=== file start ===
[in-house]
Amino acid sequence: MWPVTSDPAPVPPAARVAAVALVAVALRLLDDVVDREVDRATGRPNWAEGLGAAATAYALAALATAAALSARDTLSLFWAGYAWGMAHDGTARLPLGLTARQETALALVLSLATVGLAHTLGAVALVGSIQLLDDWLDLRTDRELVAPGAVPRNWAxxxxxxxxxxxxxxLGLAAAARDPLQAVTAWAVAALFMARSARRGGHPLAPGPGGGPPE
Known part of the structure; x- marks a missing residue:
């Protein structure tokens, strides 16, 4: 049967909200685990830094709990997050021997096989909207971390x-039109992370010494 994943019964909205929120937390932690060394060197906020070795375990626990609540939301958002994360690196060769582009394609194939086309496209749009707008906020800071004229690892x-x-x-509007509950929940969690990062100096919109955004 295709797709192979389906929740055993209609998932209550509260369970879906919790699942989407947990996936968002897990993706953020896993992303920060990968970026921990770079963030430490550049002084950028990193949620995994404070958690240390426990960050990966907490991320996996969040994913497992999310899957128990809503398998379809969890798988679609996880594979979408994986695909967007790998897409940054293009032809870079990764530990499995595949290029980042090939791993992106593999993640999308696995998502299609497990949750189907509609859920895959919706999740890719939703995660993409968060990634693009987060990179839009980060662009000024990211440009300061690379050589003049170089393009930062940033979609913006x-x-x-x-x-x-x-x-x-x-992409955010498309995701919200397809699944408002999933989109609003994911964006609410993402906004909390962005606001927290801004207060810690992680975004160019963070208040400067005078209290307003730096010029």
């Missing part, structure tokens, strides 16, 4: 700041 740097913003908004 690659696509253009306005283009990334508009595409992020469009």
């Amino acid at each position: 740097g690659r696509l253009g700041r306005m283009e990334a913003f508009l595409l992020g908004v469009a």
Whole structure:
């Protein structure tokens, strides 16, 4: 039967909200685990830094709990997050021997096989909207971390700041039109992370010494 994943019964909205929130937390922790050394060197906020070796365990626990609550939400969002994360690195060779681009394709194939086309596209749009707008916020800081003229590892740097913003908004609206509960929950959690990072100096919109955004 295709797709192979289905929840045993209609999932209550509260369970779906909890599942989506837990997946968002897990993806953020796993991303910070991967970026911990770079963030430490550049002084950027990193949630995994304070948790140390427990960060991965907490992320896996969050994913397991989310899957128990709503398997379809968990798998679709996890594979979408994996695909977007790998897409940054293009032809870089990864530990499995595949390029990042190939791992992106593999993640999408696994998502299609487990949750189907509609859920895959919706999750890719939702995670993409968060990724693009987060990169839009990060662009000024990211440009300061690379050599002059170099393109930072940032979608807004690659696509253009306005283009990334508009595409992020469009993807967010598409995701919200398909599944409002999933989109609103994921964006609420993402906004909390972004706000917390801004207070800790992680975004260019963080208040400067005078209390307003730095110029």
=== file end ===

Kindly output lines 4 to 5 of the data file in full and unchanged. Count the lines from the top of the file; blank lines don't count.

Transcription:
């Protein structure tokens, strides 16, 4: 049967909200685990830094709990997050021997096989909207971390x-039109992370010494 994943019964909205929120937390932690060394060197906020070795375990626990609540939301958002994360690196060769582009394609194939086309496209749009707008906020800071004229690892x-x-x-509007509950929940969690990062100096919109955004 295709797709192979389906929740055993209609998932209550509260369970879906919790699942989407947990996936968002897990993706953020896993992303920060990968970026921990770079963030430490550049002084950028990193949620995994404070958690240390426990960050990966907490991320996996969040994913497992999310899957128990809503398998379809969890798988679609996880594979979408994986695909967007790998897409940054293009032809870079990764530990499995595949290029980042090939791993992106593999993640999308696995998502299609497990949750189907509609859920895959919706999740890719939703995660993409968060990634693009987060990179839009980060662009000024990211440009300061690379050589003049170089393009930062940033979609913006x-x-x-x-x-x-x-x-x-x-992409955010498309995701919200397809699944408002999933989109609003994911964006609410993402906004909390962005606001927290801004207060810690992680975004160019963070208040400067005078209290307003730096010029």
């Missing part, structure tokens, strides 16, 4: 700041 740097913003908004 690659696509253009306005283009990334508009595409992020469009």